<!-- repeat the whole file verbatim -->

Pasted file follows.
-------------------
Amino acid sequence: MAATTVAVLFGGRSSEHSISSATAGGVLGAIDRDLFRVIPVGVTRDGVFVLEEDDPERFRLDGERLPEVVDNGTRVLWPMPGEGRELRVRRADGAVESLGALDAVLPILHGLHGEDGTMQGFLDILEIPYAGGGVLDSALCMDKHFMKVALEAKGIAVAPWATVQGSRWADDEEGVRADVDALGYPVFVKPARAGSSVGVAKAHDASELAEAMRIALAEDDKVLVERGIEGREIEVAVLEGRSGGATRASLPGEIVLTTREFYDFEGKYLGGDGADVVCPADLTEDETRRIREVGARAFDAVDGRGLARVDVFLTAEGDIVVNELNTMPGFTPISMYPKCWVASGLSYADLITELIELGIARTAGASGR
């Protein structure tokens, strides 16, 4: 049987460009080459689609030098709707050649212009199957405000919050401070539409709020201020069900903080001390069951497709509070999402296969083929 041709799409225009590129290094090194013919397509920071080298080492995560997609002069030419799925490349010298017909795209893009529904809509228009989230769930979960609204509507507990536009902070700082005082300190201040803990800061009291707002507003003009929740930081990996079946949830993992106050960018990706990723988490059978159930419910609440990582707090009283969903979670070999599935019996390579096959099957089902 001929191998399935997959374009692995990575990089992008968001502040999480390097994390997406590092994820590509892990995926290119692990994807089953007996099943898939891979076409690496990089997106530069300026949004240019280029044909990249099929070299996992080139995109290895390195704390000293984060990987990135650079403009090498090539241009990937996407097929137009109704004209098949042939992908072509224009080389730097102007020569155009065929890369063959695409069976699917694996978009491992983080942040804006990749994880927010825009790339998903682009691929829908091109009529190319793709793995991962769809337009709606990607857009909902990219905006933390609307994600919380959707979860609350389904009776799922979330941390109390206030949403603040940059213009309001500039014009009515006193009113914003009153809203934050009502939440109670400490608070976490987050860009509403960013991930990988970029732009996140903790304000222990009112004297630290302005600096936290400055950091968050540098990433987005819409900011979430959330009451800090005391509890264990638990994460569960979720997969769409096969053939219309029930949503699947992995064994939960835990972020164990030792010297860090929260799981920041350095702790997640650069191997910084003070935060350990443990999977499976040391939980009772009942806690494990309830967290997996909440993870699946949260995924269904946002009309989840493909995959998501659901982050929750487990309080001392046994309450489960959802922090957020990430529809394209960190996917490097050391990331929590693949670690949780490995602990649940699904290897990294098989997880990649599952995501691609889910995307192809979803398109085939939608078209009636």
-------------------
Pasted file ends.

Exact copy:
Amino acid sequence: MAATTVAVLFGGRSSEHSISSATAGGVLGAIDRDLFRVIPVGVTRDGVFVLEEDDPERFRLDGERLPEVVDNGTRVLWPMPGEGRELRVRRADGAVESLGALDAVLPILHGLHGEDGTMQGFLDILEIPYAGGGVLDSALCMDKHFMKVALEAKGIAVAPWATVQGSRWADDEEGVRADVDALGYPVFVKPARAGSSVGVAKAHDASELAEAMRIALAEDDKVLVERGIEGREIEVAVLEGRSGGATRASLPGEIVLTTREFYDFEGKYLGGDGADVVCPADLTEDETRRIREVGARAFDAVDGRGLARVDVFLTAEGDIVVNELNTMPGFTPISMYPKCWVASGLSYADLITELIELGIARTAGASGR
């Protein structure tokens, strides 16, 4: 049987460009080459689609030098709707050649212009199957405000919050401070539409709020201020069900903080001390069951497709509070999402296969083929 041709799409225009590129290094090194013919397509920071080298080492995560997609002069030419799925490349010298017909795209893009529904809509228009989230769930979960609204509507507990536009902070700082005082300190201040803990800061009291707002507003003009929740930081990996079946949830993992106050960018990706990723988490059978159930419910609440990582707090009283969903979670070999599935019996390579096959099957089902 001929191998399935997959374009692995990575990089992008968001502040999480390097994390997406590092994820590509892990995926290119692990994807089953007996099943898939891979076409690496990089997106530069300026949004240019280029044909990249099929070299996992080139995109290895390195704390000293984060990987990135650079403009090498090539241009990937996407097929137009109704004209098949042939992908072509224009080389730097102007020569155009065929890369063959695409069976699917694996978009491992983080942040804006990749994880927010825009790339998903682009691929829908091109009529190319793709793995991962769809337009709606990607857009909902990219905006933390609307994600919380959707979860609350389904009776799922979330941390109390206030949403603040940059213009309001500039014009009515006193009113914003009153809203934050009502939440109670400490608070976490987050860009509403960013991930990988970029732009996140903790304000222990009112004297630290302005600096936290400055950091968050540098990433987005819409900011979430959330009451800090005391509890264990638990994460569960979720997969769409096969053939219309029930949503699947992995064994939960835990972020164990030792010297860090929260799981920041350095702790997640650069191997910084003070935060350990443990999977499976040391939980009772009942806690494990309830967290997996909440993870699946949260995924269904946002009309989840493909995959998501659901982050929750487990309080001392046994309450489960959802922090957020990430529809394209960190996917490097050391990331929590693949670690949780490995602990649940699904290897990294098989997880990649599952995501691609889910995307192809979803398109085939939608078209009636």